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French Parliament election: Marine Le Pen's Front National 'disappointed' after seeing vote plummet

Far-right party blames low voter turnout

Harriet Agerholm
Monday 12 June 2017 23:34 BST
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Success Marine Le Pen achieved during the French presidential race failed to transfer to support for the far-right party in the parliamentary vote
Success Marine Le Pen achieved during the French presidential race failed to transfer to support for the far-right party in the parliamentary vote (Getty)

The vice president of France's Front National (FN) has said the party was "disappointed" after it suffered a deep setback in the French elections.

The success Marine Le Pen achieved during the French presidential race failed to transfer to support for the far-right party in the parliamentary vote.

Ms Le Pen saw her share of the vote drop from 21 per cent in the presidential election, to between 13 and 14 per cent.

Meanwhile, newly-elected centrist President Emmanuel Macron won a landslide victory.

FN was on course to win between one and 10 seats in the National assembly in the 18 June run-off. It had hoped to win as many as 15 seats.

Fewer than half of all registered voters cast a ballot on Sunday, unprecedented in France's post-war Fifth Republic. Pollsters pointed to voter fatigue, disillusion with politicians and projections that Macron would secure a commanding majority for the high abstention rate.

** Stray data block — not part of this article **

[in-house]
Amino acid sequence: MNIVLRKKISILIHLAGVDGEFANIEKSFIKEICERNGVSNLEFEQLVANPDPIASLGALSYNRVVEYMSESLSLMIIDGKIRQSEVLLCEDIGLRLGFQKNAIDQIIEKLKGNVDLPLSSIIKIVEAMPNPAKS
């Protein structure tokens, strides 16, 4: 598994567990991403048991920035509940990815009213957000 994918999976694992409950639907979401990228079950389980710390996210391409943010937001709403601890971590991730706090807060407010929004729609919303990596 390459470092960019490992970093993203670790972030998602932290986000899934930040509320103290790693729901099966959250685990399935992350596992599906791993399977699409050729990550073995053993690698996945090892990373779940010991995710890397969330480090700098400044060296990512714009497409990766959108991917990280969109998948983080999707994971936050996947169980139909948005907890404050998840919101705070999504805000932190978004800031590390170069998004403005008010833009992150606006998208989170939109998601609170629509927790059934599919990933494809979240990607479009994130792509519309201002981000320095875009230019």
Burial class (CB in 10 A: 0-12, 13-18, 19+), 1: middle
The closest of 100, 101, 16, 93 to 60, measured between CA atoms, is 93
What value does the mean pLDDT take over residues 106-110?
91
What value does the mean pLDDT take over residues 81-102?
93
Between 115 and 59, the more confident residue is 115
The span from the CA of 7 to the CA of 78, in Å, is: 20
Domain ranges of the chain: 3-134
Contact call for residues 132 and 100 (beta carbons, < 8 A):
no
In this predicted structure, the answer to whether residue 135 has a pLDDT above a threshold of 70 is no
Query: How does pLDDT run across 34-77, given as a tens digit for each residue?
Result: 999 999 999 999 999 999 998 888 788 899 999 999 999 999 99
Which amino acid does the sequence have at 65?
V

Ms Le Pen blamed the low voter-turnout for the result. The 48-year-old said: "This catastrophic abstention rate should raise the question of the voting rules which keep millions of our compatriots away from the polling stations."

Vice president of the party, Florian Philippot. said it had "maybe been disappointed by the score and we have paid the price, I think, for a low turnout".

Mr Macron said he would "restore the trust" of the French people amid the low turnout, the government's spokesman said on Monday. His party is still poised to win comfortably in the second round.

"It is a failure of this election," spokesman Christope Castaner, who is also minister for parliamentary relations, told France 2 television. "We have to take note, we have to restore trust."

Reuters contributed to this report

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